Percent of Businesses by Type of Organization

         Type of Organization              Number      Percent
         Sole proprietorship                 15         28.8%
         Partnership                          3          5.8%
         S- Corporation                      10         19.2%
         Corporation                         22         42.3%
         Subsidiary                           1          1.9%
         Nonprofit                            1          1.9%
Six businesses reported that business headquarters are located outside of
Nevada County. Two of these businesses are based in the Northern California
cities of Roseville and Mountain View; three have headquarters in other
states (Portland Oregon, Atlanta, Georgia and Houston, Texas). One
company is headquartered in Niestetal, Germany.



September 2005                                                                7
Loma Rica Drive Area Economic Development/Redevelopment Report



In response to the question of “Where are the majority of your
customers located?” more than forty percent indicated they are within
Nevada County. Another twenty percent of the companies have national
markets and fourteen percent sell primarily to international markets.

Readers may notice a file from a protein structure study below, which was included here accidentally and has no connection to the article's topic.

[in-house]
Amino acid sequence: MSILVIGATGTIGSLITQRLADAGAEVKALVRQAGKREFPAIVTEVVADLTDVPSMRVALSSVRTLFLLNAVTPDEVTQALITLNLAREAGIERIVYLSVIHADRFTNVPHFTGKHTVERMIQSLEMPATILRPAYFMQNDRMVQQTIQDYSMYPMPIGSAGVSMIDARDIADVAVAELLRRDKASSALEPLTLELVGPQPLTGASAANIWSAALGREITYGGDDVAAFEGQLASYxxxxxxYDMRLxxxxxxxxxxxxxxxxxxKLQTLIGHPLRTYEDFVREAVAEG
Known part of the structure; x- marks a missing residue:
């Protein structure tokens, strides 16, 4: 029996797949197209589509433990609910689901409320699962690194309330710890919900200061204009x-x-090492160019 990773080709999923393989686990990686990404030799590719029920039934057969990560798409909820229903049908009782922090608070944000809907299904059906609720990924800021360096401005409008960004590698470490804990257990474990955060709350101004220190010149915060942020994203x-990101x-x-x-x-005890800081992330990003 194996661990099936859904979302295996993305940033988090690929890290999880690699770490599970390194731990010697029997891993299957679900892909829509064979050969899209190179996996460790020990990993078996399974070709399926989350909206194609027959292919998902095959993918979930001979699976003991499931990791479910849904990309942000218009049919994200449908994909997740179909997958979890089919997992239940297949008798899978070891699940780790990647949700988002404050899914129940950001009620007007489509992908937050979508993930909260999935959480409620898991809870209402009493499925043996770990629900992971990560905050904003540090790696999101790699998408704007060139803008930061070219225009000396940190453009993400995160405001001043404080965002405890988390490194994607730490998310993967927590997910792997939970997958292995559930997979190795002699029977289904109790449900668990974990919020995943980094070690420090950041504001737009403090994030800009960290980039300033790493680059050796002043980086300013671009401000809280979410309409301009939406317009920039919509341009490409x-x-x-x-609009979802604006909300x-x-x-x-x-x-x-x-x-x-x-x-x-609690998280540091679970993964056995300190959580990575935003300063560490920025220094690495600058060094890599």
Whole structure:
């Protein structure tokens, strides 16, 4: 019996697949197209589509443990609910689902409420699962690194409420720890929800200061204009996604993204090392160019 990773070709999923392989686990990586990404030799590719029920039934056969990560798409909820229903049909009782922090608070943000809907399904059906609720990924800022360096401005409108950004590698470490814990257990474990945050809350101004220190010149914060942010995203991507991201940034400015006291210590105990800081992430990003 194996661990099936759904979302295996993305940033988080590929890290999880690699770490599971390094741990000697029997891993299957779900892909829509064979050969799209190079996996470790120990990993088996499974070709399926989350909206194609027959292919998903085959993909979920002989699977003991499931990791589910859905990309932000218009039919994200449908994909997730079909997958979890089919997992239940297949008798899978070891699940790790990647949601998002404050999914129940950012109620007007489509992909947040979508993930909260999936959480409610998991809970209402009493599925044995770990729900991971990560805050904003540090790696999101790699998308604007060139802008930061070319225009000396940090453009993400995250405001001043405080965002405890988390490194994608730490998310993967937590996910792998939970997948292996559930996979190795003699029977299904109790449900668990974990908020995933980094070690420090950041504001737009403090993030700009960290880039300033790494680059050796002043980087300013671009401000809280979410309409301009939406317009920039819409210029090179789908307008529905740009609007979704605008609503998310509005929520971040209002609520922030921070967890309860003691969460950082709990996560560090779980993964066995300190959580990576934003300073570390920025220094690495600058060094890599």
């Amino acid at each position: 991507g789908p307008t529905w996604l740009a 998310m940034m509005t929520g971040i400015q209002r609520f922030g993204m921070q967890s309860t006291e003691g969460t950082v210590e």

Chart 3
                 Where Majority of Customers Are Located

                 International

                      National

                      Regional

                     Statewide

                   Northern CA

          Within Nevada County

                             0.0%   10.0%   20.0%   30.0%   40.0%   50.0%




Facilities and Expansion Information


Several questions were asked related to infrastructure issues associated with
the Loma Rica Drive project area. Fifty-four percent of the businesses
surveyed responding affirmatively to the question “Do you have any
infrastructure issues associated with your current location?” Of those twenty-
eight companies, 61% (17 businesses) indicated that the one access road